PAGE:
Lygon Street, Melbourne
Lygon Street is a street in inner northern Melbourne, Australia running through the suburbs of Carlton, Carlton North, Princes Hill and Brunswick East. Lygon Street's name has become synonymous with Italian restaurants and cafés located in Carlton. It was a place of celebration when Italy won the 2006 FIFA World Cup.
Lygon Street runs north-south through the inner northern suburbs of Melbourne. At its southernmost end, it connects to Russell Street in the Hoddle Grid; it then proceeds northward, through Carlton, Carlton North, and Brunswick East, to its intersection with Albion Street. Although the roadway itself continues, it is renamed Holmes Street for the stretch between Albion Street and Moreland Road, and later renamed again to Nicholson Street for the stretch between Moreland Road and the street's terminus at Bell Street. (Note that this is not continuous with the Nicholson Street which runs through the Melbourne CBD, Fitzroy, Carlton and Brunswick East.) North of Park Street, the street numbers restart at 1.
Italian restaurant district
The Italian restaurant synonymous with Lygon Street occupies the few blocks between Victoria Street and Elgin Street in Carlton. The area is heavily European in nature, and is the home of the yearly Lygon Street Festa, one of Australia's largest outdoor street festivals. The La Mama Theatre and Courthouse Theatre are also in this area, as is the heritage-listed neon sign at Borsari's Corner, named after Italian cyclist Nino Borsari, on the corner of Grattan Street. Toto's Pizza House, the first pizzeria established in Australia, has been located at the southern end of Lygon Street continuously since its opening in 1961.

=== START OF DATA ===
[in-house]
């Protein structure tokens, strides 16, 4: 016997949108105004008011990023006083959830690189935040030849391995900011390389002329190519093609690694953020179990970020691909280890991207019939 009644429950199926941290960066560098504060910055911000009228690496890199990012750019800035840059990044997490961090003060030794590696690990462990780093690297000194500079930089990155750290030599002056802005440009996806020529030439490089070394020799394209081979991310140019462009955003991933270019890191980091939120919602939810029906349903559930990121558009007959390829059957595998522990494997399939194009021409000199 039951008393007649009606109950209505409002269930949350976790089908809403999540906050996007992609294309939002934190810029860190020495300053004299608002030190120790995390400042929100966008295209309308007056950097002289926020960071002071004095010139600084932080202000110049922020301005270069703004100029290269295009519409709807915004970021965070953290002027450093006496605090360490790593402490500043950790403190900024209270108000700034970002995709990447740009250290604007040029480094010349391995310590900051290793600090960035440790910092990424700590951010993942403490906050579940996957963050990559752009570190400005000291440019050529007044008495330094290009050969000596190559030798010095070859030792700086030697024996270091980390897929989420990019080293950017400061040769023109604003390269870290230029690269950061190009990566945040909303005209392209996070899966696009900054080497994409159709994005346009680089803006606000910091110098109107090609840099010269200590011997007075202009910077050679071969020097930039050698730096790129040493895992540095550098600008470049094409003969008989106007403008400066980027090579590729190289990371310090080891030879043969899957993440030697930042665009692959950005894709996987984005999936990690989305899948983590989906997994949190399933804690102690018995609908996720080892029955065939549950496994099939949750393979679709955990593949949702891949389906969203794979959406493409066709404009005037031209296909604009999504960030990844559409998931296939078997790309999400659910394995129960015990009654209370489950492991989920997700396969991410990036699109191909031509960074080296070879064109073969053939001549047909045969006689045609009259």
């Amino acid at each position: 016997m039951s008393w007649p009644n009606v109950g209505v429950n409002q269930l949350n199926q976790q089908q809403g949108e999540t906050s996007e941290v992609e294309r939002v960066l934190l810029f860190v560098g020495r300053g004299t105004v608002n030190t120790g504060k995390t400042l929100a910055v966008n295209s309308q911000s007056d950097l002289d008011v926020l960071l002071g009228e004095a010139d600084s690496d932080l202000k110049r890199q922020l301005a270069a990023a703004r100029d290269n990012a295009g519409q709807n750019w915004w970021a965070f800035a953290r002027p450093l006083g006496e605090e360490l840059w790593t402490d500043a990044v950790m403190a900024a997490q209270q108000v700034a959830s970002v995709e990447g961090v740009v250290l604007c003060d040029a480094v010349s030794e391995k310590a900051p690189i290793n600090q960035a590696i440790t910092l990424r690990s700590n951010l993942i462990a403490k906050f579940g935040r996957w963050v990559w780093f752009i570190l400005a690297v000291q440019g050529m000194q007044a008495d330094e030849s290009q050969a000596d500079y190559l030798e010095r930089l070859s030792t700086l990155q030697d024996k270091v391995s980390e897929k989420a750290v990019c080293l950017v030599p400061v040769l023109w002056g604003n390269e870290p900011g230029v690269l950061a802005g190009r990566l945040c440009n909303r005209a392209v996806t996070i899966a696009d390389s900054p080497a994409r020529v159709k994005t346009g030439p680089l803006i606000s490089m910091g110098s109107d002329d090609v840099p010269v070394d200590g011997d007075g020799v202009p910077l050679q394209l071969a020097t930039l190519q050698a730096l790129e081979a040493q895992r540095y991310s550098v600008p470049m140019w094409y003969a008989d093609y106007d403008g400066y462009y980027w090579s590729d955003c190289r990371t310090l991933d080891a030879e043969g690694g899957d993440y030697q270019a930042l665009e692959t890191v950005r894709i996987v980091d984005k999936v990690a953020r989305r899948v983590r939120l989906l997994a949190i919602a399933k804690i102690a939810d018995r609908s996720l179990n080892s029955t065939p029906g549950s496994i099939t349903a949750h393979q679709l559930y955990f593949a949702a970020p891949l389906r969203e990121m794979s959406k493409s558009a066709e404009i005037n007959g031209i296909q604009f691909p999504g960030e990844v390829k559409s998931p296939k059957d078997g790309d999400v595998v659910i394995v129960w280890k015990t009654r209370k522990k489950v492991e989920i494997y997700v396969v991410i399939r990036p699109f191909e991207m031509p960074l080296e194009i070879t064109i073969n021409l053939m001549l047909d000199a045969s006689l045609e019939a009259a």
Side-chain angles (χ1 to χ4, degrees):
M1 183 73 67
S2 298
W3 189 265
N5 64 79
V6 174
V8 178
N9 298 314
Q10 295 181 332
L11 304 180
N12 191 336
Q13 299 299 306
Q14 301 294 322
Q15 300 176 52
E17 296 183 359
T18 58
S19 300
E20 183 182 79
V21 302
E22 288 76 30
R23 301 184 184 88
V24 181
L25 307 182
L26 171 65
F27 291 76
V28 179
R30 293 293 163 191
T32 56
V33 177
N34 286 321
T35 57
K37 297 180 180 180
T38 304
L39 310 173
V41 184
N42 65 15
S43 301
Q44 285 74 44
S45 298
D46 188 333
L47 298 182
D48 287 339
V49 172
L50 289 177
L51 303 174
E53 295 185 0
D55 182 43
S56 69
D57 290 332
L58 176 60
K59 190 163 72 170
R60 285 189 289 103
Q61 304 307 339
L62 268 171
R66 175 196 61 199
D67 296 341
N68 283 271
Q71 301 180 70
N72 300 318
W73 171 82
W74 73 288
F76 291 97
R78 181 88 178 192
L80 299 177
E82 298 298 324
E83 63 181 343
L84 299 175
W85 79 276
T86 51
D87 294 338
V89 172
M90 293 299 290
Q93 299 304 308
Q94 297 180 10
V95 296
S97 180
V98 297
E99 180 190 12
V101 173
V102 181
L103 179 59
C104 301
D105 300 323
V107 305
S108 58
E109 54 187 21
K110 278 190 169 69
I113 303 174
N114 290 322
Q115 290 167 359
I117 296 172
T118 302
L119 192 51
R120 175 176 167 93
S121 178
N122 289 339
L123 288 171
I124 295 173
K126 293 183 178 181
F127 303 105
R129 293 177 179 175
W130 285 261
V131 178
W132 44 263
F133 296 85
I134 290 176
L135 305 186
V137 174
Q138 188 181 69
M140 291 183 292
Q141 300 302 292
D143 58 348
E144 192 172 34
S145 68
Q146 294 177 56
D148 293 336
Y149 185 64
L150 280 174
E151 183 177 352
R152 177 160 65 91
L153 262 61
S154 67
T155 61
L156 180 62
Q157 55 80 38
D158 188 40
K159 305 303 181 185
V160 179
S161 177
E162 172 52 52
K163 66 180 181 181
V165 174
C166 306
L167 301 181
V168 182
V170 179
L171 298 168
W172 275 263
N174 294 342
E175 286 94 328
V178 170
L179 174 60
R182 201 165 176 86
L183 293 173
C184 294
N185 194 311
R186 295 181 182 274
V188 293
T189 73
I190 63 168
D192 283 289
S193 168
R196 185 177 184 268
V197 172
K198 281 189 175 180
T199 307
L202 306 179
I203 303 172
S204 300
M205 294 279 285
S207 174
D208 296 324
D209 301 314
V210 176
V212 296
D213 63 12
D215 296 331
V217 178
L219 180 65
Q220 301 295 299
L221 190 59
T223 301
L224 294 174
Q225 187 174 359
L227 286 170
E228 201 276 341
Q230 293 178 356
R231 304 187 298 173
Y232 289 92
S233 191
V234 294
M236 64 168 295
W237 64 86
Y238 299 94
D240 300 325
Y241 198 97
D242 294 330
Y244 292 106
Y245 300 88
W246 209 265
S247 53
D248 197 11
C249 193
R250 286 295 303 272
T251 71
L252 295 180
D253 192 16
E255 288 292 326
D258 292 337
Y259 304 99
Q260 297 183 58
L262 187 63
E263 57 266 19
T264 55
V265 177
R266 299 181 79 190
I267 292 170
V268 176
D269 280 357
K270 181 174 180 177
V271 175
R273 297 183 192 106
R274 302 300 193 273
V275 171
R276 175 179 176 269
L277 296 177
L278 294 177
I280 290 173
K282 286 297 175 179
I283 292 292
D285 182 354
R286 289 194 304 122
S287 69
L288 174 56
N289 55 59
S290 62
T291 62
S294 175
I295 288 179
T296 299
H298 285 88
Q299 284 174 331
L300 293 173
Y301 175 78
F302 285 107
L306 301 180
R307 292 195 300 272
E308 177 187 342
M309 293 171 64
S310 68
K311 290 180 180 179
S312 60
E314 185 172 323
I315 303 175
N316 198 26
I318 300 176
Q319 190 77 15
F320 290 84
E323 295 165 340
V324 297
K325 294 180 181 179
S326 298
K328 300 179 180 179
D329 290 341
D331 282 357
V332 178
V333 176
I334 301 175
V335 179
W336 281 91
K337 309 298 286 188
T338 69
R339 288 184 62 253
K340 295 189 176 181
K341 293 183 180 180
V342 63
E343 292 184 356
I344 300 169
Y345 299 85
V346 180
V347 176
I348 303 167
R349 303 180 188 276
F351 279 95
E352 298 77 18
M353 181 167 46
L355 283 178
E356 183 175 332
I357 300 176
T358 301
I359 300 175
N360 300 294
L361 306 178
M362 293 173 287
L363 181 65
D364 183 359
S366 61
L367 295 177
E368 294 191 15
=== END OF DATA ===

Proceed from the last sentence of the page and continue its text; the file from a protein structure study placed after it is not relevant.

Other points of interest
Melbourne Trades Hall occupies the corner of Lygon Street and Victoria Street. Melbourne General Cemetery is situated on the western side of Lygon Street in North Carlton, between Cemetery Road and Macpherson Street. A new addition is the East Brunswick Club which opened its doors as a music venue at the northern end of the street in May 2006. Lamb's Souvlaki is a popular restaurant on the strip which operates 24 hours a day. Another point of interest is that Lygon Street was the main headquarters of an Italian Australian criminal organisation called The Carlton Crew.
- John Beveridge (2007), "Toto's fame set to spread worldwide, Herald Sun, 14 June, page 72.
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